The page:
Вісник Київського національного університету імені Тараса Шевченка


Bulletin of Taras Shevchenko National University of Kyiv


Khilchevskyi V.
ORCID  iD: 0000-0001-7643-0304 

Taras Shevchenko National University of Kyiv, Kyiv, Ukraine

The article provides an analytical overview of the state of global water resources and their use in the world. The focus is on the most important component of water resources – freshwater, which on the planet is only 2.5 % of the total. The most accessible renewable water resources are river runoff, which is distributed unevenly on the surface of the planet: Asia (32 %), South America (28 %), North America (18 %), Africa (9 %), Europe (7%), Australia and Oceania (6 %). Along with the characteristics of the known components of freshwater resources (river runoff, groundwater, glaciers), attention is also focused on trends in attracting unconventional sources (recovered wastewater or gray water, desalinated, specially collected rainwater).
The total use of fresh water in the world is only 9 % of the total river flow of the planet. At the same time, the problem of water scarcity was included in the list of the World Economic Forum 2015, as one of the global risks in terms of the potential impact on human society in the next decade. Among the causes of global water, scarcity are geographical and socio-economic. Geographical reasons are the spatial and temporal (seasonal) mismatch of the demand for fresh water and its availability. Socio-economic reasons are the growth of the world’s population, urbanization, improving living standards, changes in consumption patterns, and an increase in irrigated land. The latter has become key to the growth of global water demand.
Experts forecast that the limited access to fresh water in 2050 can be felt by 3.3 billion more people than in 2000. The article gives examples of a methodology for the hydrological assessment of water scarcity (calculation of the ratio of the volume of annual renewable water resources to the population) and the methodology of economic and geographical assessment. Other approaches to assessing water resources by creating new paradigms (water – blue, green, virtual, water footprint) have been characterized.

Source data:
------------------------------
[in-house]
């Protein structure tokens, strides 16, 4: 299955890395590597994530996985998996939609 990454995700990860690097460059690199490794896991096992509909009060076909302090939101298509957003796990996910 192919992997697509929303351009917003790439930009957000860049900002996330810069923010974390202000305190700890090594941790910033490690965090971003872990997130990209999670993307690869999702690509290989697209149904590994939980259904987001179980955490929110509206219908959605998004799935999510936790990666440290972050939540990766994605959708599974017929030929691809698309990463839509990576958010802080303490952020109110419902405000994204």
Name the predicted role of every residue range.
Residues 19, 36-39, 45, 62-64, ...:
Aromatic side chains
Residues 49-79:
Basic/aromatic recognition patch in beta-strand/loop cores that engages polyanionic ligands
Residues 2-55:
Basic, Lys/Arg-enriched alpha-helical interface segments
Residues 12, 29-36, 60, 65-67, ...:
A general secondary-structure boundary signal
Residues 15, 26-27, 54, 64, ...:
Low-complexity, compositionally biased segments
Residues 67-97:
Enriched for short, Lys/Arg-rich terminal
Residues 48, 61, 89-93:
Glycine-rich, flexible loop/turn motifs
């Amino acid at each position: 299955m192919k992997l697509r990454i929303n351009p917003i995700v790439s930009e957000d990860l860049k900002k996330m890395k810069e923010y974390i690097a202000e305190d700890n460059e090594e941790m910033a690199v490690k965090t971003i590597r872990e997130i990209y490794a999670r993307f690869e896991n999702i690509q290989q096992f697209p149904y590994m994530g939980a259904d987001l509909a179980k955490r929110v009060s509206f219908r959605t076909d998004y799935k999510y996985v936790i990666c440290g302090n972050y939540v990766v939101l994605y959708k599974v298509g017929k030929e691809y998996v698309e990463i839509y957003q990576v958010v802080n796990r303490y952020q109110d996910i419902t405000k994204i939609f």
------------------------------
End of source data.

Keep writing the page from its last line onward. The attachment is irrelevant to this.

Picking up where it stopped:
Throughout the history of mankind, there have been many conflicts related to water. Active water cooperation between countries today reduces the risk of military conflicts. This conclusion was made after studying transboundary water relations in more than 200joint river basins, covering 148 countries. The right to safe water and sanitation is a fundamental right of everyone (UN, 2010). Therefore, among the 17 sustainable development goals adopted by the UN for implementation for the period 2015-2030, Global Goal 6 “Clean Water and Good Sanitary Conditions” is aimed at ensuring sustainable management of water resources and sanitation for all. This will save people from diseases, and society will be given the opportunity to be more productive in economic terms.

Keywords: water resources, freshwater, alternative sources of water resources, water use, water stress, water scarcity, recovered water, gray water, blue water, green water, virtual water, water footprint.


DOI: http://doi.org/10.17721/1728-2721.2020.76-77.1


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Full-text PDF (.pdf)

Suggested citation:

Khilchevskyi, V., 2020. Global water resources: challenges of the 21st century. Visnyk Kyivskogo nacionalnogo universytetu imeni Tarasa Shevchenka, Geografiya [Bulletin of Taras Shevchenko National University of Kyiv, Geography], 1/2 (76/77), 6-16 (in Ukranian, abstr. in  English), doi: 10.17721/1728-2721.2020.76-77.1

Received Editorial Board 05.04.2020 
Accepted for publication